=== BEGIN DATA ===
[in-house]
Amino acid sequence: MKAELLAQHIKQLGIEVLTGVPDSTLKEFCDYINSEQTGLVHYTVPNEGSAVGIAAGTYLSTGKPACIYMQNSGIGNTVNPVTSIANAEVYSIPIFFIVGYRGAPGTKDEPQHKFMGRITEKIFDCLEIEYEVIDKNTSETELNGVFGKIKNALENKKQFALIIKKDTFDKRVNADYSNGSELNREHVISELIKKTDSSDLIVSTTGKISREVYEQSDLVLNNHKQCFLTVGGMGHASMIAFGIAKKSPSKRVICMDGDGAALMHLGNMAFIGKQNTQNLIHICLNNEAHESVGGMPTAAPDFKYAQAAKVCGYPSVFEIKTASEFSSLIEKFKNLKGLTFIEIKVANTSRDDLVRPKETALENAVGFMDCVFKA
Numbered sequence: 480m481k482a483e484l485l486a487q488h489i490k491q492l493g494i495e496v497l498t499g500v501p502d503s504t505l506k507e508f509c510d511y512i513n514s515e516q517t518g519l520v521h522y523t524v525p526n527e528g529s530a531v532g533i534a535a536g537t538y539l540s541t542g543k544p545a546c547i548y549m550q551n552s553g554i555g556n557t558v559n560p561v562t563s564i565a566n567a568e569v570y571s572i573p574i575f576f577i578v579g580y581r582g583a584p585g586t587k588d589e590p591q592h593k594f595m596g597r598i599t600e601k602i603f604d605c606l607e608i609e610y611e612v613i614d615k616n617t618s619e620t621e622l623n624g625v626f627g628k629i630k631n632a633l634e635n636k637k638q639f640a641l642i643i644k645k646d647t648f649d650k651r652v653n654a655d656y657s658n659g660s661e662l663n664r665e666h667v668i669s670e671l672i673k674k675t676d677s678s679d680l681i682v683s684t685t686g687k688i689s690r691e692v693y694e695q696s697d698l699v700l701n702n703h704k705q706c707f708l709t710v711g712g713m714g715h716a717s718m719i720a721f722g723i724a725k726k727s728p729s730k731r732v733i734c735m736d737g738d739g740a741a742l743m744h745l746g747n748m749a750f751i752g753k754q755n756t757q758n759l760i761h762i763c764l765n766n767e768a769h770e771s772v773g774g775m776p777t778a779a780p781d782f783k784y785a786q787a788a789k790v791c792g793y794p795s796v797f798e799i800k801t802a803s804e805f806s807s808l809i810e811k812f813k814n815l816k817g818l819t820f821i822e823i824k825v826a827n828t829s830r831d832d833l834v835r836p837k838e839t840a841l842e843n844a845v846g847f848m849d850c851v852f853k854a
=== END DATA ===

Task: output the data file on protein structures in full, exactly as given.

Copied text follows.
[in-house]
Amino acid sequence: MKAELLAQHIKQLGIEVLTGVPDSTLKEFCDYINSEQTGLVHYTVPNEGSAVGIAAGTYLSTGKPACIYMQNSGIGNTVNPVTSIANAEVYSIPIFFIVGYRGAPGTKDEPQHKFMGRITEKIFDCLEIEYEVIDKNTSETELNGVFGKIKNALENKKQFALIIKKDTFDKRVNADYSNGSELNREHVISELIKKTDSSDLIVSTTGKISREVYEQSDLVLNNHKQCFLTVGGMGHASMIAFGIAKKSPSKRVICMDGDGAALMHLGNMAFIGKQNTQNLIHICLNNEAHESVGGMPTAAPDFKYAQAAKVCGYPSVFEIKTASEFSSLIEKFKNLKGLTFIEIKVANTSRDDLVRPKETALENAVGFMDCVFKA
Numbered sequence: 480m481k482a483e484l485l486a487q488h489i490k491q492l493g494i495e496v497l498t499g500v501p502d503s504t505l506k507e508f509c510d511y512i513n514s515e516q517t518g519l520v521h522y523t524v525p526n527e528g529s530a531v532g533i534a535a536g537t538y539l540s541t542g543k544p545a546c547i548y549m550q551n552s553g554i555g556n557t558v559n560p561v562t563s564i565a566n567a568e569v570y571s572i573p574i575f576f577i578v579g580y581r582g583a584p585g586t587k588d589e590p591q592h593k594f595m596g597r598i599t600e601k602i603f604d605c606l607e608i609e610y611e612v613i614d615k616n617t618s619e620t621e622l623n624g625v626f627g628k629i630k631n632a633l634e635n636k637k638q639f640a641l642i643i644k645k646d647t648f649d650k651r652v653n654a655d656y657s658n659g660s661e662l663n664r665e666h667v668i669s670e671l672i673k674k675t676d677s678s679d680l681i682v683s684t685t686g687k688i689s690r691e692v693y694e695q696s697d698l699v700l701n702n703h704k705q706c707f708l709t710v711g712g713m714g715h716a717s718m719i720a721f722g723i724a725k726k727s728p729s730k731r732v733i734c735m736d737g738d739g740a741a742l743m744h745l746g747n748m749a750f751i752g753k754q755n756t757q758n759l760i761h762i763c764l765n766n767e768a769h770e771s772v773g774g775m776p777t778a779a780p781d782f783k784y785a786q787a788a789k790v791c792g793y794p795s796v797f798e799i800k801t802a803s804e805f806s807s808l809i810e811k812f813k814n815l816k817g818l819t820f821i822e823i824k825v826a827n828t829s830r831d832d833l834v835r836p837k838e839t840a841l842e843n844a845v846g847f848m849d850c851v852f853k854a